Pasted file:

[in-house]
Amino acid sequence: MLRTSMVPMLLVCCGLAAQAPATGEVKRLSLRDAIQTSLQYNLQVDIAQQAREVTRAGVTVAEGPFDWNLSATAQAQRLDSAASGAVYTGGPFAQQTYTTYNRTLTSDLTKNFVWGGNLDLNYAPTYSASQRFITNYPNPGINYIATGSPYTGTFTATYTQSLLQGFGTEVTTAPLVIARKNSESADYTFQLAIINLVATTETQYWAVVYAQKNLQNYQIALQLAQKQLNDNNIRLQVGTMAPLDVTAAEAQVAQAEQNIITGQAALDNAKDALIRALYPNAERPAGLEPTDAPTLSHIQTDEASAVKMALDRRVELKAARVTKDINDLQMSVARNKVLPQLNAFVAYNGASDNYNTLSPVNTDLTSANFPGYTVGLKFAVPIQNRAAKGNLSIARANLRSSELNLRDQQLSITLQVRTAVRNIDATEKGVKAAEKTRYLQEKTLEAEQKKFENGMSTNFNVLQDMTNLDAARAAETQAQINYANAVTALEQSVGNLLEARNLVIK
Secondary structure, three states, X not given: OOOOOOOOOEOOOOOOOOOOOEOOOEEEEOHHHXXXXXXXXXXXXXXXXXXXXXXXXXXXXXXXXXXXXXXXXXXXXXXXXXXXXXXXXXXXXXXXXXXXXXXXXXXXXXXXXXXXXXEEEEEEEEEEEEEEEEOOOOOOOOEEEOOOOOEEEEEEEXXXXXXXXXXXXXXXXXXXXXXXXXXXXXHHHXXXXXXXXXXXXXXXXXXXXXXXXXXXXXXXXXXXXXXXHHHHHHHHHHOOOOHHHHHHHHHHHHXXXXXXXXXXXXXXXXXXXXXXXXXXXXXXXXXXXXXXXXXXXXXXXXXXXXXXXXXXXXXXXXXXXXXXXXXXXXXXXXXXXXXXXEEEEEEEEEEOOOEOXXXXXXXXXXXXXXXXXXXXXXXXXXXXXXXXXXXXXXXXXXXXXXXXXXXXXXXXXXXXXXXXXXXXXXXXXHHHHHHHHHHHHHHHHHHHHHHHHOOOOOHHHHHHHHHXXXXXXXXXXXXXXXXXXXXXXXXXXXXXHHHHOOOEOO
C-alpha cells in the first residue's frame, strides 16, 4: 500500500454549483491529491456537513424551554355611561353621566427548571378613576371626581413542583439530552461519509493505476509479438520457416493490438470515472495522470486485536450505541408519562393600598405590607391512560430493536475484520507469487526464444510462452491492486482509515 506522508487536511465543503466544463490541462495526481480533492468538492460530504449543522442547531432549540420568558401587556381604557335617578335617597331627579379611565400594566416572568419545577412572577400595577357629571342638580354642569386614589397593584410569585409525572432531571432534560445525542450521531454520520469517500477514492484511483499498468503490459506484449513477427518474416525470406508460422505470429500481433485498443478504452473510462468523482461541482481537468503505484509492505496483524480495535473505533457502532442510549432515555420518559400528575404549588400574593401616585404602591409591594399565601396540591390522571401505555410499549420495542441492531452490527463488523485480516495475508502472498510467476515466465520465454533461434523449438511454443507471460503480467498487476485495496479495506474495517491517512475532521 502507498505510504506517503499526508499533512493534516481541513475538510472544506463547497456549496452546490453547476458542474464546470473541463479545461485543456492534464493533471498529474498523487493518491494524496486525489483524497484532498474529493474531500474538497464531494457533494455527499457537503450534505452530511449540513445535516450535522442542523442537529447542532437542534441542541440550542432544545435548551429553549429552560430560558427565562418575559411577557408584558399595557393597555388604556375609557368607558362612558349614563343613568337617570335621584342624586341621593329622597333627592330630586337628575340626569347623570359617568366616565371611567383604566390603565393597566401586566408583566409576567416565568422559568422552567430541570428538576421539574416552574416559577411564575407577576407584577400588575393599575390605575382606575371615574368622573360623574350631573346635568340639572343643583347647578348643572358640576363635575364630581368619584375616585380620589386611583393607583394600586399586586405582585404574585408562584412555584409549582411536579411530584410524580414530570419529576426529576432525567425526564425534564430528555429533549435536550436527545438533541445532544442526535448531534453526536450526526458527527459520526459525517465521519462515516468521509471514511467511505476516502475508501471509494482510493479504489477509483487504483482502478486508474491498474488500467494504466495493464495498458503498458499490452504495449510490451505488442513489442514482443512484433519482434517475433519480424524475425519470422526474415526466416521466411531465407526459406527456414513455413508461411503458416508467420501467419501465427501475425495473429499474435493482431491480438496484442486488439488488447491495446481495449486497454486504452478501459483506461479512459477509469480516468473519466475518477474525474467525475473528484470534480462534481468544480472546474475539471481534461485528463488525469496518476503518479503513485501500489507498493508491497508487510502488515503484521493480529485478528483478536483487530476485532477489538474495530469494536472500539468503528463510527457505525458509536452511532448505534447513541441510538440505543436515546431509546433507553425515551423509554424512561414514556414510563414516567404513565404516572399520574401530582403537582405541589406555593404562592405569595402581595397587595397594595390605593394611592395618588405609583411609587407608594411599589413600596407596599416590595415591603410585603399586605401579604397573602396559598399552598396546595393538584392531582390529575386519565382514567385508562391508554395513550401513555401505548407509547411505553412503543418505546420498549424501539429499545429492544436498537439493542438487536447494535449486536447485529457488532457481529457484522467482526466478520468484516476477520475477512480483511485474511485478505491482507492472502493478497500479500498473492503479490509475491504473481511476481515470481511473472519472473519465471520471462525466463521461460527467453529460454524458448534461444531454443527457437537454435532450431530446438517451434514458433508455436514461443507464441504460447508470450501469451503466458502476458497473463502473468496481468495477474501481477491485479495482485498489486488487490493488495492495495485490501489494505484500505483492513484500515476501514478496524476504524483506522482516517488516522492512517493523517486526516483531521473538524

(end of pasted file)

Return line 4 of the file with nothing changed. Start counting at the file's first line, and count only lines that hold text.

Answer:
C-alpha cells in the first residue's frame, strides 16, 4: 500500500454549483491529491456537513424551554355611561353621566427548571378613576371626581413542583439530552461519509493505476509479438520457416493490438470515472495522470486485536450505541408519562393600598405590607391512560430493536475484520507469487526464444510462452491492486482509515 506522508487536511465543503466544463490541462495526481480533492468538492460530504449543522442547531432549540420568558401587556381604557335617578335617597331627579379611565400594566416572568419545577412572577400595577357629571342638580354642569386614589397593584410569585409525572432531571432534560445525542450521531454520520469517500477514492484511483499498468503490459506484449513477427518474416525470406508460422505470429500481433485498443478504452473510462468523482461541482481537468503505484509492505496483524480495535473505533457502532442510549432515555420518559400528575404549588400574593401616585404602591409591594399565601396540591390522571401505555410499549420495542441492531452490527463488523485480516495475508502472498510467476515466465520465454533461434523449438511454443507471460503480467498487476485495496479495506474495517491517512475532521 502507498505510504506517503499526508499533512493534516481541513475538510472544506463547497456549496452546490453547476458542474464546470473541463479545461485543456492534464493533471498529474498523487493518491494524496486525489483524497484532498474529493474531500474538497464531494457533494455527499457537503450534505452530511449540513445535516450535522442542523442537529447542532437542534441542541440550542432544545435548551429553549429552560430560558427565562418575559411577557408584558399595557393597555388604556375609557368607558362612558349614563343613568337617570335621584342624586341621593329622597333627592330630586337628575340626569347623570359617568366616565371611567383604566390603565393597566401586566408583566409576567416565568422559568422552567430541570428538576421539574416552574416559577411564575407577576407584577400588575393599575390605575382606575371615574368622573360623574350631573346635568340639572343643583347647578348643572358640576363635575364630581368619584375616585380620589386611583393607583394600586399586586405582585404574585408562584412555584409549582411536579411530584410524580414530570419529576426529576432525567425526564425534564430528555429533549435536550436527545438533541445532544442526535448531534453526536450526526458527527459520526459525517465521519462515516468521509471514511467511505476516502475508501471509494482510493479504489477509483487504483482502478486508474491498474488500467494504466495493464495498458503498458499490452504495449510490451505488442513489442514482443512484433519482434517475433519480424524475425519470422526474415526466416521466411531465407526459406527456414513455413508461411503458416508467420501467419501465427501475425495473429499474435493482431491480438496484442486488439488488447491495446481495449486497454486504452478501459483506461479512459477509469480516468473519466475518477474525474467525475473528484470534480462534481468544480472546474475539471481534461485528463488525469496518476503518479503513485501500489507498493508491497508487510502488515503484521493480529485478528483478536483487530476485532477489538474495530469494536472500539468503528463510527457505525458509536452511532448505534447513541441510538440505543436515546431509546433507553425515551423509554424512561414514556414510563414516567404513565404516572399520574401530582403537582405541589406555593404562592405569595402581595397587595397594595390605593394611592395618588405609583411609587407608594411599589413600596407596599416590595415591603410585603399586605401579604397573602396559598399552598396546595393538584392531582390529575386519565382514567385508562391508554395513550401513555401505548407509547411505553412503543418505546420498549424501539429499545429492544436498537439493542438487536447494535449486536447485529457488532457481529457484522467482526466478520468484516476477520475477512480483511485474511485478505491482507492472502493478497500479500498473492503479490509475491504473481511476481515470481511473472519472473519465471520471462525466463521461460527467453529460454524458448534461444531454443527457437537454435532450431530446438517451434514458433508455436514461443507464441504460447508470450501469451503466458502476458497473463502473468496481468495477474501481477491485479495482485498489486488487490493488495492495495485490501489494505484500505483492513484500515476501514478496524476504524483506522482516517488516522492512517493523517486526516483531521473538524